In both parts, we aim to keep the presentation accessible to non-experts, so that students with no prior background in either optimal transport or economics can follow the course.

Intended audience

Senior undergraduates, master’s and PhD students in quantitative disciplines, such as pure and applied mathematics, statistics, computer science, economics and engineering. The course potentially may also be attractive to those working in industry with a strong background in one of these areas.

Instructor

This iteration of the course will be taught by Brendan Pass, and enhanced by guest lectures from experts in applications of optimal transport in economics and finance.

Registering for a PIMS digital course via the Western Dean’s Agreement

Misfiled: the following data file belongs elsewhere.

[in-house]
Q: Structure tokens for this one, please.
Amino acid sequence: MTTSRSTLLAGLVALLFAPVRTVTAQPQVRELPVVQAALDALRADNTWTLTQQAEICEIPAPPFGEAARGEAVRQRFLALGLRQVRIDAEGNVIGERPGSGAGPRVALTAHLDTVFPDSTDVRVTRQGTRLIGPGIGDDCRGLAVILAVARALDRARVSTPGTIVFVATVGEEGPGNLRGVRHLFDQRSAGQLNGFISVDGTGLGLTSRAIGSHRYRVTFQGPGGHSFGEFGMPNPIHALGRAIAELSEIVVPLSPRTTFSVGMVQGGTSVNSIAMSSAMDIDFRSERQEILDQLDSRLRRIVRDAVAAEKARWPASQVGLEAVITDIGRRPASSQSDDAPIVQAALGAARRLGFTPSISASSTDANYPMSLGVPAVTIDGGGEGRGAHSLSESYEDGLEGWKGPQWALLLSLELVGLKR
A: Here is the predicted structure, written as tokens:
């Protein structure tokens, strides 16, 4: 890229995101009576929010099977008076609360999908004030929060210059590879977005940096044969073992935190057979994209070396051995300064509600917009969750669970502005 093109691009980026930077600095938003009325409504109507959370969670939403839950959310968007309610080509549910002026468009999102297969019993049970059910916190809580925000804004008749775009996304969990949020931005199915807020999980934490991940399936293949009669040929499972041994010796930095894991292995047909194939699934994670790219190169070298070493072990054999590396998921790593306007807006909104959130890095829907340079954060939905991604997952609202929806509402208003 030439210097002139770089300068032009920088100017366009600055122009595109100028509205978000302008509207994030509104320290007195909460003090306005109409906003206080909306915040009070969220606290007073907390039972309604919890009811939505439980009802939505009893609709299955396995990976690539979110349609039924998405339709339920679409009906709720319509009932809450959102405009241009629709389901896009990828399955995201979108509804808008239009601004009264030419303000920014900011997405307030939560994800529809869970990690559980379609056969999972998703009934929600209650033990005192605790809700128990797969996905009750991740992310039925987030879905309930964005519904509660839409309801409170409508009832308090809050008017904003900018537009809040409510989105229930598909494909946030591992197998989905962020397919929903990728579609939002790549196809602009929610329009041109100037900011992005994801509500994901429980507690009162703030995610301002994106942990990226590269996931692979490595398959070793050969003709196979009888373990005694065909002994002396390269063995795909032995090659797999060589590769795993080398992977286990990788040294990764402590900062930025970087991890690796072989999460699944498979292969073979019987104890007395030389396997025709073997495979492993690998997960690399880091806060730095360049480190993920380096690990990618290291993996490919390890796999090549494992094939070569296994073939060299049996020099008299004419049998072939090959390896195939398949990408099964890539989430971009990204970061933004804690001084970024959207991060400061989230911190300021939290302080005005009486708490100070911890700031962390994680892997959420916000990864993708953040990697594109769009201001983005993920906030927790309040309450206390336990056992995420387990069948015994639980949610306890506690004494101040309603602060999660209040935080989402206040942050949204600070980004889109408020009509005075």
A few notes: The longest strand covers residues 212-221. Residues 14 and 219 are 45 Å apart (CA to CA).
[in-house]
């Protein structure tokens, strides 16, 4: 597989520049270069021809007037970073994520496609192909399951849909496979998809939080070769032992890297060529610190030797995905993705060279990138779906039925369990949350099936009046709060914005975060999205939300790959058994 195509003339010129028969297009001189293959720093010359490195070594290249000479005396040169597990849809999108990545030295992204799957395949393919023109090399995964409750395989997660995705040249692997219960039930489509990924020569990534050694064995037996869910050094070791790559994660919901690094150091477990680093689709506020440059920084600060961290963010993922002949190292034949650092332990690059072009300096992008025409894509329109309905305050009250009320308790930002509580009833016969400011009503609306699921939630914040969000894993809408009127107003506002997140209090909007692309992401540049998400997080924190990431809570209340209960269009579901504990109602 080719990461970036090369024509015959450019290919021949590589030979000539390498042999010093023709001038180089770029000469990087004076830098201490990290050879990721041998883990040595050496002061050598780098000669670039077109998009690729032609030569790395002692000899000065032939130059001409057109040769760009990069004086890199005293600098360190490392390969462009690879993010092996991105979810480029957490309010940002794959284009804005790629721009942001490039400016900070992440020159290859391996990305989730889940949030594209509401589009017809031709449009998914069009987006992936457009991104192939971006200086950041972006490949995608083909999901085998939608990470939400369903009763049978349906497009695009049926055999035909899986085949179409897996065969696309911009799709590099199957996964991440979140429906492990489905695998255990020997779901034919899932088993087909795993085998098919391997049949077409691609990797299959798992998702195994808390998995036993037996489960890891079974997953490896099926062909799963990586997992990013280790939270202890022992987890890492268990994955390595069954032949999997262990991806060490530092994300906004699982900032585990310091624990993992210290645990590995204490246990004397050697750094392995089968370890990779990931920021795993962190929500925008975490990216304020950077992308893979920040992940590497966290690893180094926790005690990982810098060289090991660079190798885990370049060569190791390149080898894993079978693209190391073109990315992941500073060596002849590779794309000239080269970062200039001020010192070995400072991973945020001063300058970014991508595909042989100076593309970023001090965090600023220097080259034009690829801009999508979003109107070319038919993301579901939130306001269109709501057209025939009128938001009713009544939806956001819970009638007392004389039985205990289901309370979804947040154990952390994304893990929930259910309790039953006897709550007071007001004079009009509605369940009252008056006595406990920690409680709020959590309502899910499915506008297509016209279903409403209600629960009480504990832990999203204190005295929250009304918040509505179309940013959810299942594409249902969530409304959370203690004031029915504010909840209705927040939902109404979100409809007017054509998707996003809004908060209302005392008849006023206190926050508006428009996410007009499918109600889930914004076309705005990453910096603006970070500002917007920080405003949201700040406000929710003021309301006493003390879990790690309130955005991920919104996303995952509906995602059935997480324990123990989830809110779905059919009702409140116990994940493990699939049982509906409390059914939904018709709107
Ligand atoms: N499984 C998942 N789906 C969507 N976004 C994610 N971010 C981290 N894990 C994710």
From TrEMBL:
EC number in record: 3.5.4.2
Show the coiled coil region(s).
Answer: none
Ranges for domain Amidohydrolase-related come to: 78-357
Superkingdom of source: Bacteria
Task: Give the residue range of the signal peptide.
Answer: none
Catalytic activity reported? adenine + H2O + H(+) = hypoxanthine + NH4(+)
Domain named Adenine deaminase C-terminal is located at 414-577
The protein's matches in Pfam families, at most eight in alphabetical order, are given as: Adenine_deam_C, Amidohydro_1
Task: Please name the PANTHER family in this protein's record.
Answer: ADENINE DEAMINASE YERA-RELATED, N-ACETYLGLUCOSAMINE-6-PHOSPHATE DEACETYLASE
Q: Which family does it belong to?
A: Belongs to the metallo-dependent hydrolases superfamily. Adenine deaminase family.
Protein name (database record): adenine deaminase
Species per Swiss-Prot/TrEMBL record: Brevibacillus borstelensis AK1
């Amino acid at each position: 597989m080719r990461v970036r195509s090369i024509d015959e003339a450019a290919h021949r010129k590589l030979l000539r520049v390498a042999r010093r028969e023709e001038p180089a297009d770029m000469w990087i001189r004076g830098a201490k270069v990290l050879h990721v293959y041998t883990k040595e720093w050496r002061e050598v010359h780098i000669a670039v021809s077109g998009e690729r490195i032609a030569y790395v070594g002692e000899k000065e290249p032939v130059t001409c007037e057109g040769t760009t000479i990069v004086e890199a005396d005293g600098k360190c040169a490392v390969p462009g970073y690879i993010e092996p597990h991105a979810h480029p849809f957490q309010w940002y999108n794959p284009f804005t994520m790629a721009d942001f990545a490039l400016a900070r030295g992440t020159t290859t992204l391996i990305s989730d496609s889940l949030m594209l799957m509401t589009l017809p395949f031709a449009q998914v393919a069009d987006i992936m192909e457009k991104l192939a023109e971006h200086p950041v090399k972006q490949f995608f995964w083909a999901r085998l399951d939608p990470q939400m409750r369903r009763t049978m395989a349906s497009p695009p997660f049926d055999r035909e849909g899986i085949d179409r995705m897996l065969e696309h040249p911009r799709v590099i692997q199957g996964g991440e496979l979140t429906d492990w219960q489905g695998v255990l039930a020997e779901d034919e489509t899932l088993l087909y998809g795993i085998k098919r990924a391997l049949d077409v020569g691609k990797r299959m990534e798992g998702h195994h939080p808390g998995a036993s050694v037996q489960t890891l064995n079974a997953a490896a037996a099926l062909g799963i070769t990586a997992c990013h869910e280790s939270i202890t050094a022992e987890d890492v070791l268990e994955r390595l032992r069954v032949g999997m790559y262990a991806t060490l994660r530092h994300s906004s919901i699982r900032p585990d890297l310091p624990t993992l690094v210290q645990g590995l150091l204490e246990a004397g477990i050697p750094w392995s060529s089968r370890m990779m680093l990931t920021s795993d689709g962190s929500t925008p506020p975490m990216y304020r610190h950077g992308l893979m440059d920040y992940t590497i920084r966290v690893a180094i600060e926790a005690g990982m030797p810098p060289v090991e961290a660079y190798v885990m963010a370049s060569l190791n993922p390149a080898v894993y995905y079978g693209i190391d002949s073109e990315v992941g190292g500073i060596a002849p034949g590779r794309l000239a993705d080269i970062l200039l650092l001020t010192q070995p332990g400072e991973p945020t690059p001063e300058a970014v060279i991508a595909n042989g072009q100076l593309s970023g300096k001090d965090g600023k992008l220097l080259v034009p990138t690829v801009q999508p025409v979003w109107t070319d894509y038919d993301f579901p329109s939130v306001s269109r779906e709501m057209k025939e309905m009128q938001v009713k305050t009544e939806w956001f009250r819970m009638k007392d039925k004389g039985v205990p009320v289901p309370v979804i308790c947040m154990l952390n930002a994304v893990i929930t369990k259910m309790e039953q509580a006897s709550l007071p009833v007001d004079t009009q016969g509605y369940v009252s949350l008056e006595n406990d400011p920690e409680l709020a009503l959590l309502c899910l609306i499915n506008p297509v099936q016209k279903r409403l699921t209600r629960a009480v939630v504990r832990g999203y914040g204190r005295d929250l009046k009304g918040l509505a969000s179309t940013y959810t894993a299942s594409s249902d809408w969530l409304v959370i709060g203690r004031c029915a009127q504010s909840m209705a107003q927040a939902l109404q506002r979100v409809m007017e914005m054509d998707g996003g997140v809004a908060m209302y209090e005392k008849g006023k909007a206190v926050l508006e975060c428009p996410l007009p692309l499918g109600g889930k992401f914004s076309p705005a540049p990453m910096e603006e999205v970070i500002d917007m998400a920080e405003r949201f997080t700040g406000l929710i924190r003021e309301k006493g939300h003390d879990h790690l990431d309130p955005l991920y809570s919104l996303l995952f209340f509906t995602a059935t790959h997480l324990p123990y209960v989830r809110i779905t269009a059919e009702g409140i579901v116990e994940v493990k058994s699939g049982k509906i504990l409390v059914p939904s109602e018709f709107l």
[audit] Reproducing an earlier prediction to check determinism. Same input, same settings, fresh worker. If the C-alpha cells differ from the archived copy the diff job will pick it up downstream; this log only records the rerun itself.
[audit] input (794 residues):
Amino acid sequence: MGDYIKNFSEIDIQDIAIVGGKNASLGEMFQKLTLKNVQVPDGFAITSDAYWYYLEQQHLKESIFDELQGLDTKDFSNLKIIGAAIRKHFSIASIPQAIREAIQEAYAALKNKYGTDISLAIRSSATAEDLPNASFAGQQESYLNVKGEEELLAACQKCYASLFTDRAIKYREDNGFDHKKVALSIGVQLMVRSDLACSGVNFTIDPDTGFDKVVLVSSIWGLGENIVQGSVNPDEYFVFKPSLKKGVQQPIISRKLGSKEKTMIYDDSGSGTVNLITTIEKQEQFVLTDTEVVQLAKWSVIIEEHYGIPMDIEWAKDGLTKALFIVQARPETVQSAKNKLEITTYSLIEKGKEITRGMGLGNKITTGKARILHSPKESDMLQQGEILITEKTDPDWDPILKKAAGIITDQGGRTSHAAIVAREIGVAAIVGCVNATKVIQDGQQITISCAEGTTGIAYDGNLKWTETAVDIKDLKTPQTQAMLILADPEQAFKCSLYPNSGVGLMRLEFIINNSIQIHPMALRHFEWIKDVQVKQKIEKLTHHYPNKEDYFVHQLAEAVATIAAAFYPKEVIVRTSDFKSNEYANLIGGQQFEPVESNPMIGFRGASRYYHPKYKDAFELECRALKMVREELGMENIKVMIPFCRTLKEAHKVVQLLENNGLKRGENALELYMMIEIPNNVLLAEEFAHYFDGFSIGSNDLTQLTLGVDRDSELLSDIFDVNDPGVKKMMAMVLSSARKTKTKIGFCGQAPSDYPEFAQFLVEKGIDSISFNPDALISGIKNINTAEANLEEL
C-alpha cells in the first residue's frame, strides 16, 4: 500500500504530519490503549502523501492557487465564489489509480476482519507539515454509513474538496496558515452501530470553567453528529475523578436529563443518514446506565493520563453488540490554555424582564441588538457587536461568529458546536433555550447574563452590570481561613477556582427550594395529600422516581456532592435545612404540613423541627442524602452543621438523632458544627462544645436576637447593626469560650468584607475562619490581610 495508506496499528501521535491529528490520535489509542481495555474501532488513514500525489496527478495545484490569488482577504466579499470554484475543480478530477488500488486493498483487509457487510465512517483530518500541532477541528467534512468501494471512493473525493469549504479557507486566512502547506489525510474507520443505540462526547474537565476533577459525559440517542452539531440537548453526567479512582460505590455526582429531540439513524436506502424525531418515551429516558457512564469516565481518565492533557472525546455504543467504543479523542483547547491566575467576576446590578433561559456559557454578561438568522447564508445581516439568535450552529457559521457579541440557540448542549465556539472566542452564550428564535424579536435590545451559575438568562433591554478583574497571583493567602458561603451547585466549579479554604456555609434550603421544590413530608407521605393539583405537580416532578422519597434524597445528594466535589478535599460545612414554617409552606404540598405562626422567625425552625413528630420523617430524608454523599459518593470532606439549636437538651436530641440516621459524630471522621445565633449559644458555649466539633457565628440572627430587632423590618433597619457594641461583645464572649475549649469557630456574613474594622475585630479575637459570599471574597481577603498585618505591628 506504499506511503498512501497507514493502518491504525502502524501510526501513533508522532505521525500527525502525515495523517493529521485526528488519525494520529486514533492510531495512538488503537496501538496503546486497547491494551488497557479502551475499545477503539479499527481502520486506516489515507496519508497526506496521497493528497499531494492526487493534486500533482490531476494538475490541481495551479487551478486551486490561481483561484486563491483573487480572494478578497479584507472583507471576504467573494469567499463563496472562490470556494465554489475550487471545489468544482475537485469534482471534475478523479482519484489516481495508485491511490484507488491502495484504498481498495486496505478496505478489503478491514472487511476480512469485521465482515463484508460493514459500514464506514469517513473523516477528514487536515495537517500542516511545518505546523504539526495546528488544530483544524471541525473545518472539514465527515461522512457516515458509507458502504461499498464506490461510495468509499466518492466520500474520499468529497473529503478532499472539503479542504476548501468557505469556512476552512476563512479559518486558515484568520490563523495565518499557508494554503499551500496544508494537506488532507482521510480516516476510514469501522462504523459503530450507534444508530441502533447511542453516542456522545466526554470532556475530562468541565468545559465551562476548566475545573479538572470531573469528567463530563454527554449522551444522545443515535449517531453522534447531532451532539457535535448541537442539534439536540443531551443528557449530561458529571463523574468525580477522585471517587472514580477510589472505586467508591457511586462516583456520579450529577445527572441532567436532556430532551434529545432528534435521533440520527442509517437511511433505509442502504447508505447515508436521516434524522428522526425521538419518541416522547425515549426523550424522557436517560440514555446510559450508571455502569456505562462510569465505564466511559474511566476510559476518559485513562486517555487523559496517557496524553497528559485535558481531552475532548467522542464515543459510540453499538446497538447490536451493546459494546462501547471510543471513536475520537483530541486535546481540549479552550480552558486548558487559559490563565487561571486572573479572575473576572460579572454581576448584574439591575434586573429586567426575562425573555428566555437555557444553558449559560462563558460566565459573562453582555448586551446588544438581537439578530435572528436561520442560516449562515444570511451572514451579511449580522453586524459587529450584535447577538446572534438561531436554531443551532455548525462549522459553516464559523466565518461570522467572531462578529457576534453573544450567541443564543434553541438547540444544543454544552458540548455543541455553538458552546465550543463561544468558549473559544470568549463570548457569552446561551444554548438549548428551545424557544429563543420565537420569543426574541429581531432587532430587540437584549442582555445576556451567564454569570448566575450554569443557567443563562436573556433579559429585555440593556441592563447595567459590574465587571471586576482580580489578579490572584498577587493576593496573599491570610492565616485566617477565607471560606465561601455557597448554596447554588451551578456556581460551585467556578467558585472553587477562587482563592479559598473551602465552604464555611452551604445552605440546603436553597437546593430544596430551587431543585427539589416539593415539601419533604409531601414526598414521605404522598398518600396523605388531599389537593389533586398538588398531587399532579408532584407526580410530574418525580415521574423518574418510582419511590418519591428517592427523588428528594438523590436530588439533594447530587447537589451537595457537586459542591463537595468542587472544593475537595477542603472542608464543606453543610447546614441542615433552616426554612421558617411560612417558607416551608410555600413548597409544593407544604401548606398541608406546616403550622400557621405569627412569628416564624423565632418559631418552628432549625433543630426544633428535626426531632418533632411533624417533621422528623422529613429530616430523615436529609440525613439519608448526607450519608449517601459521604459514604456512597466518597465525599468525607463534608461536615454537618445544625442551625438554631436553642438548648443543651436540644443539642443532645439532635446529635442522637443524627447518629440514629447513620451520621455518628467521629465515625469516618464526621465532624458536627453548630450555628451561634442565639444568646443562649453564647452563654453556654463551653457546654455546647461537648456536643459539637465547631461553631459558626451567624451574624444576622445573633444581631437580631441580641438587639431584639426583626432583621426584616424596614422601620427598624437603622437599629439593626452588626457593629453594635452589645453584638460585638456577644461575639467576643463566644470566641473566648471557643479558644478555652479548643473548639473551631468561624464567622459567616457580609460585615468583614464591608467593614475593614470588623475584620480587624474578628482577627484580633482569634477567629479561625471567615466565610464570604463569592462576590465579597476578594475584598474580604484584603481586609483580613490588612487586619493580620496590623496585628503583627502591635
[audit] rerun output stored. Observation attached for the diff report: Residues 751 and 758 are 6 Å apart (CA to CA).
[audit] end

In order to register for a PIMS digital course for the Western Dean’s agreement you must obtain the approval of the course instructor.

Course Instructors

Once you have obtained their approval please complete the Western Dean’s agreement form . These forms need to be signed by your home institution department and school of graduate studies. The form then needs to be sent to the host institution for the course.

For help with completing the Western Dean’s agreement form, please contact the graduate student program coordinator at your institution. For more information about the agreement, please see the Western Dean’s Agreement website .